Go Goldfields strategies prioritise a primary prevention approach. We aim to eliminate or reduce factors that contribute to poor health, vulnerability and isolation wherever possible.
HARWOOD INSTITUTE – COMMUNITY RHYTHMS
Harwood Institute’s work in communities reveals that there are stages of a community’s life and that each stage has deep implications for understanding your community and what it means for moving forward. The Harwood Stages of Community LifeTM emerges from over a decade of research and on-the-ground initiatives throughout the United States. The research shows that communities have rhythms to them that we must come to understand so that our approaches, programs and initiatives — and the building of public capital — work with those rhythms, take advantage of them, even accelerate them. Before these stages kick in, a community usually has been through a period of decline, lasting up to fifteen to twenty years. The Harwood Stages of Community Life is based on 5 stages, being; 1. The Waiting Place, 2. Impasse, 3. Catalytic, 4. Growth, and 5. Sustain & Renew.
IAP2 PUBLIC PARTICIPATION SPECTRUM
IAP2’s Public Participation Spectrum is designed to assist with the selection of the level of participation that defines the public’s role in any community engagement program. The Spectrum shows that differing levels of participation are legitimate depending on the goals, time frames, resources and levels of concern in the decision to be made. However, and most importantly, the Spectrum sets out the promise being made to the public at each participation level.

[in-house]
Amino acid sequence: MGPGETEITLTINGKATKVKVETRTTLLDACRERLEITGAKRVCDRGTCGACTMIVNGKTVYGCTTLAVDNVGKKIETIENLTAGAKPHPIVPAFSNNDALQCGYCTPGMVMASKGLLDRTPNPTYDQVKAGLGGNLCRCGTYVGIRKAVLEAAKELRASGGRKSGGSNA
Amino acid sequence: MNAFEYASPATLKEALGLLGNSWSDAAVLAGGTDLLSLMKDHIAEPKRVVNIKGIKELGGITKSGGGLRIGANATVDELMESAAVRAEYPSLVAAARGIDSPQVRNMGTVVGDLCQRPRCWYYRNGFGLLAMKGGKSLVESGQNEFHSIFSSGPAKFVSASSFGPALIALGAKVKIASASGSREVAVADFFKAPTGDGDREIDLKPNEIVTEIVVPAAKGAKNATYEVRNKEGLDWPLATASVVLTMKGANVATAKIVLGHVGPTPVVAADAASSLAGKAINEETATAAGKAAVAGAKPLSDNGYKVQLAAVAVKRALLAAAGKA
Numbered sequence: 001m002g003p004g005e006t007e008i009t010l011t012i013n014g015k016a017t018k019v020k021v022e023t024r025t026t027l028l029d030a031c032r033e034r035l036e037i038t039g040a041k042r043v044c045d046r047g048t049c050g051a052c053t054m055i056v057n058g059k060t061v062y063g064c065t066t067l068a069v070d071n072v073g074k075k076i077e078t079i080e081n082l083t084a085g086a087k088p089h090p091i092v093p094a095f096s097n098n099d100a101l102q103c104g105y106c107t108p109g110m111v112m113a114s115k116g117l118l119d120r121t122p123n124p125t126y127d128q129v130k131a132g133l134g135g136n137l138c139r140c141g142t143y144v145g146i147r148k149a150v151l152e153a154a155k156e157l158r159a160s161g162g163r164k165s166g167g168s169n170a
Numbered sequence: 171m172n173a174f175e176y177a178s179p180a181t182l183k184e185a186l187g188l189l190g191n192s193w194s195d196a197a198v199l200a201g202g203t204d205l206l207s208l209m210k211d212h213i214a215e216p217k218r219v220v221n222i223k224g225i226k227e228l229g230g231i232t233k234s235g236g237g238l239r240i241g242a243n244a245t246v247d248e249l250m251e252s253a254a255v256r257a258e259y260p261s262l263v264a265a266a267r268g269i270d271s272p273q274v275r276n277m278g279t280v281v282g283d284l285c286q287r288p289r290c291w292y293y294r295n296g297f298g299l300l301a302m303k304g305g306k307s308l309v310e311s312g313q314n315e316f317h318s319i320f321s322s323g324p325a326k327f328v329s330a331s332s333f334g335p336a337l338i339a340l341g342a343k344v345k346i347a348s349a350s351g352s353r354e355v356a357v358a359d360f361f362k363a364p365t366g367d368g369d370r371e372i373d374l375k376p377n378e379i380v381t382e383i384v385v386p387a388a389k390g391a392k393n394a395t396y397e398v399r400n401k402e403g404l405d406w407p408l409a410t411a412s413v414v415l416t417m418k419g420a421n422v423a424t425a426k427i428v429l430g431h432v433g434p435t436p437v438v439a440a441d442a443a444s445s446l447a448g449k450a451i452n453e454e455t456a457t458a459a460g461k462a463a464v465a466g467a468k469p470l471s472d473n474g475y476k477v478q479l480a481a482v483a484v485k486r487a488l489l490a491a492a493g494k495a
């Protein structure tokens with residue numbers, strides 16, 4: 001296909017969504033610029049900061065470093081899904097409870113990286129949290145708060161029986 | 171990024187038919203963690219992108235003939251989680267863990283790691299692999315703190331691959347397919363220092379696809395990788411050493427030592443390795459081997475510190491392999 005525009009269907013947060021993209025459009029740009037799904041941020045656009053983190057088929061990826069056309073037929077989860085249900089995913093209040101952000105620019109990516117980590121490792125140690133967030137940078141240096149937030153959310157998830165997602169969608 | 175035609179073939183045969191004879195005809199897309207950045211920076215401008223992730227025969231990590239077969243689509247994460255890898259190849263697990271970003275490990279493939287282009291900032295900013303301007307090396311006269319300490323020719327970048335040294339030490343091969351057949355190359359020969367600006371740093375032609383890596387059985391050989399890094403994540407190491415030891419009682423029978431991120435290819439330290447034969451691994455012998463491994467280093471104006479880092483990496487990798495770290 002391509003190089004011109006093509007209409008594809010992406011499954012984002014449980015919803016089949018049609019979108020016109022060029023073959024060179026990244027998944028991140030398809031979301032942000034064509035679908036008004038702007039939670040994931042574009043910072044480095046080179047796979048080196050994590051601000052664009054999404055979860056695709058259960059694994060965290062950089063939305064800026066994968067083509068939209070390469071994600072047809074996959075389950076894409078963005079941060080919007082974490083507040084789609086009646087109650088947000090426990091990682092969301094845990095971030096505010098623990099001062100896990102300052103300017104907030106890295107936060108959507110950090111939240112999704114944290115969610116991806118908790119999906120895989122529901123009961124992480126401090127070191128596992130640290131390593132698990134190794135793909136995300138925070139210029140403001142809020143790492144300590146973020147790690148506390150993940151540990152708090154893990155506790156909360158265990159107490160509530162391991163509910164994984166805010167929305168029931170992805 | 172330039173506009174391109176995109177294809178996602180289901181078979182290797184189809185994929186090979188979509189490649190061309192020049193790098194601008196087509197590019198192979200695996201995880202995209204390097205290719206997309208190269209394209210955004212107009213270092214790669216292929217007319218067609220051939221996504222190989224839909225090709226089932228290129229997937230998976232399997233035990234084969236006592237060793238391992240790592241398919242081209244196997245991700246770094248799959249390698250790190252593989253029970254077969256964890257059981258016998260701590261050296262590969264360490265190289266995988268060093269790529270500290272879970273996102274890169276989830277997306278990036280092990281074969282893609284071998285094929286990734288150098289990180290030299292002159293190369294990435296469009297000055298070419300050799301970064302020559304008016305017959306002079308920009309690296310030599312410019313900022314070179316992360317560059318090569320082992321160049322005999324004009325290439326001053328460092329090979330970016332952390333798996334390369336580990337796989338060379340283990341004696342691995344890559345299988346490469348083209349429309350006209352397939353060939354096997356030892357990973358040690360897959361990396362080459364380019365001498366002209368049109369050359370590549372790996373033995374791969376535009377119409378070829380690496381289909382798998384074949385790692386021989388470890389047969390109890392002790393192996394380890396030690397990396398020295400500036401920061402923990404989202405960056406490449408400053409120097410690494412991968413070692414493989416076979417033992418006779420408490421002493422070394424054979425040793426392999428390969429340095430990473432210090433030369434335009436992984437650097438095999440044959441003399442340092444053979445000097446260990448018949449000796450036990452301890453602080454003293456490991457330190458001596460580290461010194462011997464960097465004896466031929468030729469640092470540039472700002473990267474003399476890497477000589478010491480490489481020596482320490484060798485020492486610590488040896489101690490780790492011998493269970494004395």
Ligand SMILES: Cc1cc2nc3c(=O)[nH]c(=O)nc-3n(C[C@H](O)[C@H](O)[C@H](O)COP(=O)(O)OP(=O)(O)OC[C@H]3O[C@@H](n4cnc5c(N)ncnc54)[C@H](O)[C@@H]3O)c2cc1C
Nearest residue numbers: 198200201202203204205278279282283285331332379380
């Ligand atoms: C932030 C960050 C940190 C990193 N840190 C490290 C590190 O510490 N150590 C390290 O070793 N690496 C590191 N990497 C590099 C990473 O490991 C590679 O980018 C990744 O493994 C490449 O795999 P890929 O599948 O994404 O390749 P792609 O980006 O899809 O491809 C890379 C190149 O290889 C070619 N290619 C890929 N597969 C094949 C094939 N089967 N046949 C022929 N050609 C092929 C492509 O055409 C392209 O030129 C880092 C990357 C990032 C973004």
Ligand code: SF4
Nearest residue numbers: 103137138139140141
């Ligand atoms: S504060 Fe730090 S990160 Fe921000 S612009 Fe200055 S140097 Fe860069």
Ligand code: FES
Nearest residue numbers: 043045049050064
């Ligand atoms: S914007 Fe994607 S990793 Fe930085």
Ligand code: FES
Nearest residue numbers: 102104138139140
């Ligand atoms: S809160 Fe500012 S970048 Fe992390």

MOST SIGNIFICANT CHANGE
The Most Significant Change Technique (MSC) is a monitoring and evaluation method used for evaluating complex interventions. This method is based on a qualitative participant-driven approach, focusing on the human impact of interventions. In essence, MSC involves the generation of significant change stories by various stakeholders involved in the intervention. The more significant of these stories are then selected by the stakeholders and in-depth discussions of these stories take place. These discussions bring to the stakeholder’s attention to the impacts of the intervention that have the most significant effects on the lives of the beneficiaries and inform future shifts in our strategy.
Appreciative inquiry is a model that seeks to engage stakeholders in self-determined change. It is based on a perceived overuse of “problem-solving” hampered any kind of social improvement, and what was needed were new methods of inquiry that would help generate new ideas and models for how to organise.